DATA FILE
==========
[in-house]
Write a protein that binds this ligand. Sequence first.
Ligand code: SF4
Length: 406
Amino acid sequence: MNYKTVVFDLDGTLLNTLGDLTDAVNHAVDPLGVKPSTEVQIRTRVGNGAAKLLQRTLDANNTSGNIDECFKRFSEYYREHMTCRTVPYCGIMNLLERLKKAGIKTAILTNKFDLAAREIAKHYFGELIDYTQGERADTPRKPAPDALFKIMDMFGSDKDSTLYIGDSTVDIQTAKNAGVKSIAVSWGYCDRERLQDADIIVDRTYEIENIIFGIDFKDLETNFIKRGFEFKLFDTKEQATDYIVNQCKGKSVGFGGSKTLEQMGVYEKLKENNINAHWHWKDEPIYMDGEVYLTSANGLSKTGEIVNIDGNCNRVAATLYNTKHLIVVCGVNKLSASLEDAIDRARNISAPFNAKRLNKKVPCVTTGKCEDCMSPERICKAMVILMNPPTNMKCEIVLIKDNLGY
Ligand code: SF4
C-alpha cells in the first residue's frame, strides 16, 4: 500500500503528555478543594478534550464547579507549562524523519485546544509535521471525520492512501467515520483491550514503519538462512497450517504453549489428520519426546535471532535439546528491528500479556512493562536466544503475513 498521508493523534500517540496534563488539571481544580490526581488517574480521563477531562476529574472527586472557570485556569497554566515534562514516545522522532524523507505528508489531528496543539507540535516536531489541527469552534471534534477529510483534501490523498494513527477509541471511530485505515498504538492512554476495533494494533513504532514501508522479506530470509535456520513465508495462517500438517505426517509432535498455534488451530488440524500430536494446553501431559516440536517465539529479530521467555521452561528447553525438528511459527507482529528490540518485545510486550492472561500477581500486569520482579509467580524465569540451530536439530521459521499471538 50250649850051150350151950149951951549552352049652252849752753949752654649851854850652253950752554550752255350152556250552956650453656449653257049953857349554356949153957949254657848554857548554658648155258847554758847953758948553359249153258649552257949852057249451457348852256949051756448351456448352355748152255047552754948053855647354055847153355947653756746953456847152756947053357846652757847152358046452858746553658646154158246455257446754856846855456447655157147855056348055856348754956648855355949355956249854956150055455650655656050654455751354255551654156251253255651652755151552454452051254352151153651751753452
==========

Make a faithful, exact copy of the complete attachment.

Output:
[in-house]
Write a protein that binds this ligand. Sequence first.
Ligand code: SF4
Length: 406
Amino acid sequence: MNYKTVVFDLDGTLLNTLGDLTDAVNHAVDPLGVKPSTEVQIRTRVGNGAAKLLQRTLDANNTSGNIDECFKRFSEYYREHMTCRTVPYCGIMNLLERLKKAGIKTAILTNKFDLAAREIAKHYFGELIDYTQGERADTPRKPAPDALFKIMDMFGSDKDSTLYIGDSTVDIQTAKNAGVKSIAVSWGYCDRERLQDADIIVDRTYEIENIIFGIDFKDLETNFIKRGFEFKLFDTKEQATDYIVNQCKGKSVGFGGSKTLEQMGVYEKLKENNINAHWHWKDEPIYMDGEVYLTSANGLSKTGEIVNIDGNCNRVAATLYNTKHLIVVCGVNKLSASLEDAIDRARNISAPFNAKRLNKKVPCVTTGKCEDCMSPERICKAMVILMNPPTNMKCEIVLIKDNLGY
Ligand code: SF4
C-alpha cells in the first residue's frame, strides 16, 4: 500500500503528555478543594478534550464547579507549562524523519485546544509535521471525520492512501467515520483491550514503519538462512497450517504453549489428520519426546535471532535439546528491528500479556512493562536466544503475513 498521508493523534500517540496534563488539571481544580490526581488517574480521563477531562476529574472527586472557570485556569497554566515534562514516545522522532524523507505528508489531528496543539507540535516536531489541527469552534471534534477529510483534501490523498494513527477509541471511530485505515498504538492512554476495533494494533513504532514501508522479506530470509535456520513465508495462517500438517505426517509432535498455534488451530488440524500430536494446553501431559516440536517465539529479530521467555521452561528447553525438528511459527507482529528490540518485545510486550492472561500477581500486569520482579509467580524465569540451530536439530521459521499471538 50250649850051150350151950149951951549552352049652252849752753949752654649851854850652253950752554550752255350152556250552956650453656449653257049953857349554356949153957949254657848554857548554658648155258847554758847953758948553359249153258649552257949852057249451457348852256949051756448351456448352355748152255047552754948053855647354055847153355947653756746953456847152756947053357846652757847152358046452858746553658646154158246455257446754856846855456447655157147855056348055856348754956648855355949355956249854956150055455650655656050654455751354255551654156251253255651652755151552454452051254352151153651751753452